CommenTree

Uneducated, but can google at least.

Too sexy to read

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With the spread of news across the internet, you’d think that outlets would try to best take advantage of the medium and wring out the benefits of new technology. Instead, what we’re given is more imaginative ways to place page three girls around the place.

Anything for the clicks, I guess.

Take the story of the lady who was laid off from prominent New York corporation (and therefore ultimately a legit front for a Bond-esque villain), Citibank. To ingest the headline on its own, you could draw the typical conclusions and spend the next day exclaiming to your workmates about how ridiculous this world is, and how evil companies will do anything to lay off people to make themselves feel better.

Within the story hides a small, but important, detail.

“The purported reasons for plaintiff’s termination included that she failed to meet the required new account opening quotas, in addition to the credulity-straining assertion that her clothing choices were ‘inappropriate’,” the suit said.

The section highlighted in italics would be a reason for anyone to be fired, and not just the hotties. The part I bolded indicates that these are the claims made by the poor stunner, and are the things that should be debated.

This is a detail missed by many in the comments. Of course there are the “phwoar, why would you fire that piece of work? I’d love it if she worked for me” comments, but they are as inane as they are ironic.

I mean, why would you leap to the defense of a woman who was allegedly a victim of her appearance… by commenting on her appearance?

I love how people take one instance of possible discrimination and then extrapolate it out to the point where it is the symptom of a massive societal problem. Man comments on woman, and it’s ultimately a sign that it’s a man’s world and that there’d be no wars with women in charge. Woman comments on man, and it’s a sign that women have surpassed their equal rights, are treating men as servants and that if men were in charge, the wars would be over by now.

Or, you can just take this for what it is: a single story does not phenomenon make.

I think this one pretty much beats me to the punch.

Two sides to every story. However, I sincerely doubt that Citibank will come forward and state, categorically, that this lady was “too hot”

However, the fact that story links to a site which has 20-odd, semi glam shots of this lady, model poses and all, does set off my cynic alarm. Will we be seeing photos of this one appearing in FHM or similar soon?

How many hits did Village Voice get from this story from people who were at work? Did they all click on those photos of her bending over, or crossing her legs in that sultry way?

Do you think people got distracted?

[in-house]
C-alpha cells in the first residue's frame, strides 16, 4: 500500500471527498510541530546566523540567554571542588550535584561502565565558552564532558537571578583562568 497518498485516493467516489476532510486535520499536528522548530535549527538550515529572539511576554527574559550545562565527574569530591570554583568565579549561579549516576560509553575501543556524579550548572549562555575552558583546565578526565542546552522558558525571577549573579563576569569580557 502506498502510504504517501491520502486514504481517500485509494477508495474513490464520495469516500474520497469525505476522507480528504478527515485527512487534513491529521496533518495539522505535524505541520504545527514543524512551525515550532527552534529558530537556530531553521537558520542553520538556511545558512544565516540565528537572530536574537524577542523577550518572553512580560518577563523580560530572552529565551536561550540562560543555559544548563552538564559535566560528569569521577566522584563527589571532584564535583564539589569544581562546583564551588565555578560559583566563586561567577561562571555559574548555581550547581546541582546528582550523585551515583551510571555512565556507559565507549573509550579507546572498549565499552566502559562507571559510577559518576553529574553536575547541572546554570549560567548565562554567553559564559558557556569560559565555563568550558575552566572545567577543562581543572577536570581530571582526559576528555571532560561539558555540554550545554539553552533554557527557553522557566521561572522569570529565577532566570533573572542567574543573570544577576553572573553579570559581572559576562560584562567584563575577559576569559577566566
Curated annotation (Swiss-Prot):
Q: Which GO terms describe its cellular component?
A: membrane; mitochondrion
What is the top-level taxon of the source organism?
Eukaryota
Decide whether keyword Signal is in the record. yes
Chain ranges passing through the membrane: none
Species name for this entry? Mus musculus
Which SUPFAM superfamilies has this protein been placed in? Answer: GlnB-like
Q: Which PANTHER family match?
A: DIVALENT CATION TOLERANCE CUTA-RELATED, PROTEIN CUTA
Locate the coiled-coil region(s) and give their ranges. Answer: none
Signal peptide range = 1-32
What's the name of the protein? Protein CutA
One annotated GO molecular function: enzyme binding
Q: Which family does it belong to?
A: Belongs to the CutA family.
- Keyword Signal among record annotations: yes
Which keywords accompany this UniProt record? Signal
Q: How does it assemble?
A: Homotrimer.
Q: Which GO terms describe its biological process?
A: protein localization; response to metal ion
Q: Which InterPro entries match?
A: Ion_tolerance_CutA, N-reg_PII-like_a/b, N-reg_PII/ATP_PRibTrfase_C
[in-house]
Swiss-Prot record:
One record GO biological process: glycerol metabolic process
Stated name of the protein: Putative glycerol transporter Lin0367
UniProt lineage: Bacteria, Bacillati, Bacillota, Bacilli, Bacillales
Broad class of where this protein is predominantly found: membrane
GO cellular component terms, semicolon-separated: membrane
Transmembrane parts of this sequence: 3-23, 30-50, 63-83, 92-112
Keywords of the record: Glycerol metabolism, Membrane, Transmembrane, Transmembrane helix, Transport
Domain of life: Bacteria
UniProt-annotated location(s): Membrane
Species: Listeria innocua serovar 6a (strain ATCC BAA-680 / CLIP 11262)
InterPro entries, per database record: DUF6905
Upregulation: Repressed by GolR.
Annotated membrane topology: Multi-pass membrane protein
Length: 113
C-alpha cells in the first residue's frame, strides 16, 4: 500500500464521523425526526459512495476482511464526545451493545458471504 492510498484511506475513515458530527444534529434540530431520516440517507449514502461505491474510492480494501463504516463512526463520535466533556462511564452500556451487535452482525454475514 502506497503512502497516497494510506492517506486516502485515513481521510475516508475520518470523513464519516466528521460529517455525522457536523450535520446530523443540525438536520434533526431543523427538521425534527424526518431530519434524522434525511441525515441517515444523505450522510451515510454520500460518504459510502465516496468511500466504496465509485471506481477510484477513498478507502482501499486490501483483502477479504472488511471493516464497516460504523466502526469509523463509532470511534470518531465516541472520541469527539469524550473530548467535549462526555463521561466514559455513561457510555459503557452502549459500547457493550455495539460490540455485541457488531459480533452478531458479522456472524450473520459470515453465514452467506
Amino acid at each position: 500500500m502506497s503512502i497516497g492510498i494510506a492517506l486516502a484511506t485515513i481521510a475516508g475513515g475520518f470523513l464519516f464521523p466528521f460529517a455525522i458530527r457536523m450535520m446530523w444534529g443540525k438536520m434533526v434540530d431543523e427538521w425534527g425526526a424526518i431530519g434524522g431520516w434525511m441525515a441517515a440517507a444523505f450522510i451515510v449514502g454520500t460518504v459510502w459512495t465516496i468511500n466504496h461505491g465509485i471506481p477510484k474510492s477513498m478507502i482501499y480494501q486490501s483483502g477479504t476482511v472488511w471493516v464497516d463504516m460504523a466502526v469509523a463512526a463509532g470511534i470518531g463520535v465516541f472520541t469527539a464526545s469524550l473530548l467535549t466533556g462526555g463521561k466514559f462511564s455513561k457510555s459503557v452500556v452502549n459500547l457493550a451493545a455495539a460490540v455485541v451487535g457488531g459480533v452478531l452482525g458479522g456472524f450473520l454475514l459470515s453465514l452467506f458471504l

Written by Andy

June 4, 2010 at 8:00 am

For whom the road tolls (probably an ongoing series…)

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The road toll has always been a strange feature on the news landscape. Everyone likes to weigh in on the problems with driving on the roads, claiming that Government inaction is the leading cause for most fatalities, with the other thing being “revenue raising”, as though that is some kind of justified argument. Of course, such stories always give the reader the sense that because they are still alive, that they are the beacon of enlightenment and should therefore be listened to.

Recently there was a horrific crash down south of my home town. A young woman was killed and another driver seriously injured.

The original story of the crash is here, and it allowed the below comments.

First cab of the rank is this one.

Funnily enough, “Revenue Raising” has only been raised twice in this particular comments section. I’m guessing that speed hasn’t been revealed as a factor behind this horrible event. Or Hoons. The veil mentioned must refer to the following Department of Transport, Energy and Infrastructure document, titled “South Australian Road Safety Strategy 2003-2010.

In there, key strategies involve:

• Construction, upgrading and maintenance of our road systems to improve road conditions
• Legislation, education and enforcement to improve road user behaviour
• Improvements in vehicle design to aid drivers and protect occupants

The fact that the strategy outlines “legislation, education and enforcement” as a key point makes me argue that there’s a veil at all about hitting people’s hip pockets. However, when it’s coupled with the other points, the argument that it’s solely about getting money does seem a bit flimsy. Because this story outlines that two crashes happened at this spot only screams coincidence.

I would liken road maintenance in this state to trying to plug holes in a sinking ship with your fingers. Fix one spot, and you can be sure something bad will happen in another.

The housing boom has indeed increased development, and therefore traffic, to this part of the city. I don’t dispute that. However, I would argue that nothing has been done about the roads. The overtaking lanes, for one, being a major help when it comes to encouraging traffic flows. I understand that this accident occurred near one of these lanes, however I’m not going to jump to outrageous conclusions as a result of a single piece of evidence.

Post hoc, ergo propter hoc, anyone?

Um, they had? Link to story? Anything to back it up? I don’t believe any details have been released on the driver’s blood-alcohol level. I guess this is one that the moderators of AdelaideNow need to answer, seeing as their Terms and Conditions outline that they won’t publish anything that is blatantly false…

The fact is, no one can make any assertions on this crash until more is known. Such questions are, how fast was each car travelling, and how much alcohol was in the Celica driver’s system? Until this is answered, then nothing should be said.

Written by Andy

June 2, 2010 at 1:15 pm

Posted in Roads

Tagged with , ,

Shotgun Fame